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Dickie Roberts: Former Child Star


  • Assuming, even after Lost & Found and Joe Dirt, that inveterate supporting player David Spade somehow qualifies as leading-man material
  • Cannibalizing the premise of Billy Madison, which starred Dickie Roberts producer Adam Sandler as a maladjusted, emotionally stunted man-child who must relive childhood alongside actual children
  • Creepily giving Spade a love interest (Mary McCormack) who doubles as his mother surrogate
  • Following in the footsteps of Joe Dirt by taking cheap shots at a pathetic lead character who embodies a much-abused cultural stereotype, then trying to elicit sympathy for that character's plight

    Star/writer David Spade and co-writer Fred Wolf

    Tone Of Commentary
    Low-key, sarcastic, self-conscious, and self-critical. Spade and Wolf constantly second-guess the film, bemoaning dead time, drawn-out exposition, extended setups that hinder comic momentum, and the compromises inherent in studio filmmaking. They're also passive-aggressive, regularly complaining about hokey touches before insisting half-heartedly that they're necessary for the film to work emotionally.

    What Went Wrong
    Spade and Wolf regret the film's sentimentality, especially the piano music that plays during particularly schmaltzy parts. Their combined comments raise a question: Why didn't Wolf and Spade channel their extensive knowledge of the film's weaknesses into improving it while it was being made?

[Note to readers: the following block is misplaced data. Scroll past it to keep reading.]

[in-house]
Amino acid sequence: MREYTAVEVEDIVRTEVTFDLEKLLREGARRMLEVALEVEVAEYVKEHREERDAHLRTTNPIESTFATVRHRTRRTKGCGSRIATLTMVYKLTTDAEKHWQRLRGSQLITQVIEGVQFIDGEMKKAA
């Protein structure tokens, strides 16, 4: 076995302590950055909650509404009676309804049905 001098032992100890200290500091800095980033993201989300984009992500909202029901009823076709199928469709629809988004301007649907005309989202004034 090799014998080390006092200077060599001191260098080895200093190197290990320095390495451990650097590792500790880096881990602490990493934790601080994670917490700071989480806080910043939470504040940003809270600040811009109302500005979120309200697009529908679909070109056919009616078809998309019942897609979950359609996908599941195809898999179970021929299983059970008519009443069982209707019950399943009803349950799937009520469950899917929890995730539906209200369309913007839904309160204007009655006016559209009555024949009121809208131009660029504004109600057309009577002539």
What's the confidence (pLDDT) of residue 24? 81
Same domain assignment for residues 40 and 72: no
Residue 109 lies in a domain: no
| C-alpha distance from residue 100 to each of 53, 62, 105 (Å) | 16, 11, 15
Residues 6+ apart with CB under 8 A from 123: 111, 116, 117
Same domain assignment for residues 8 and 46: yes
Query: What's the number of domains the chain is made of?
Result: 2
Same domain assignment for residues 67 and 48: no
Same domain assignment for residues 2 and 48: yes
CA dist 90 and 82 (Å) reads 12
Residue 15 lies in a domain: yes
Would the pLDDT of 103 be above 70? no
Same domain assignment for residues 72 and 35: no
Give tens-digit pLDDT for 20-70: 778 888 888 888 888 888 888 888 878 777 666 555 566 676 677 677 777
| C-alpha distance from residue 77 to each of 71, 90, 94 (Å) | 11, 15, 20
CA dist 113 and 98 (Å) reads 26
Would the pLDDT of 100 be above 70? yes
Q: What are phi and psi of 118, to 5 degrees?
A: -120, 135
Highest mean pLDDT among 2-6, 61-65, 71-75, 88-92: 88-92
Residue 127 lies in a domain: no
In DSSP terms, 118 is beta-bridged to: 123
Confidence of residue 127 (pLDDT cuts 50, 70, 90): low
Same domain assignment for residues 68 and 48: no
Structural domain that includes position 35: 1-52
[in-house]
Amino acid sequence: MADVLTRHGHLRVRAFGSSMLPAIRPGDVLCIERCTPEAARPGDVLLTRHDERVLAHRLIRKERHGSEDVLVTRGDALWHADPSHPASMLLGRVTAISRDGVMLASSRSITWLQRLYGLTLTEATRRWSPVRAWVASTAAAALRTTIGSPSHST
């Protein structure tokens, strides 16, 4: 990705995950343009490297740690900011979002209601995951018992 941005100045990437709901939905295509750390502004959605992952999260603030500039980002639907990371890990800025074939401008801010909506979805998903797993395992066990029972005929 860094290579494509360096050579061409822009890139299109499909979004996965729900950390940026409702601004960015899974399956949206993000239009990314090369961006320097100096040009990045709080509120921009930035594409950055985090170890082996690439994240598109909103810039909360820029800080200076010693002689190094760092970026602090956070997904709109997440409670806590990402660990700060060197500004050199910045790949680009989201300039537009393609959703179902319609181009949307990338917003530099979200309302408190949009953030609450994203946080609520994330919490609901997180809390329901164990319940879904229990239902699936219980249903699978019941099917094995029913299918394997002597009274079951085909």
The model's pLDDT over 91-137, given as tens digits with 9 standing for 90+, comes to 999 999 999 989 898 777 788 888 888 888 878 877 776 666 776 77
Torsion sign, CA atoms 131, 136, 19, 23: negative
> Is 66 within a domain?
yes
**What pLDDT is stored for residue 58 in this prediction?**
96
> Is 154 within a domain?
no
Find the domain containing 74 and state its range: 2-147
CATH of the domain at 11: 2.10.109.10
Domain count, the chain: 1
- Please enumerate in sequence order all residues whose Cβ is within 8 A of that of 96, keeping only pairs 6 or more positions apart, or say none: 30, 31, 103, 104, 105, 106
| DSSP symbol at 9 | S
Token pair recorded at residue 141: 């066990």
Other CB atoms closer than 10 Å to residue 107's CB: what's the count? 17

Comments On The Cast
    Spade comments on how terrible he looks throughout, as well as how badly he acquits himself during the film's much-maligned dramatic moments. Bit-player and real-life kickboxer Emmanuel Lewis is praised for his fighting skills. Bit-player and real-life Kickboxer 2, 3, and 4 star Sasha Mitchell is also singled out for praise. The non-kickboxing child actors are predictably praised, especially Spade's surrogate sister, whom he describes as "hot" before catching himself and calling her cute.

    Inevitable Dash Of Pretension
    When not cringing over director- and studio-ordained sentimentality, Spade and Wolf pretend they succeeded in crafting a comedy with "heart."

    Commentary In A Nutshell
    After Wolf feigns snoring during a tender scene with Spade and McCormack, Spade says sarcastically, "People are bawling right now... They're bawling because they're going, 'Why isn't it Jim Carrey?'"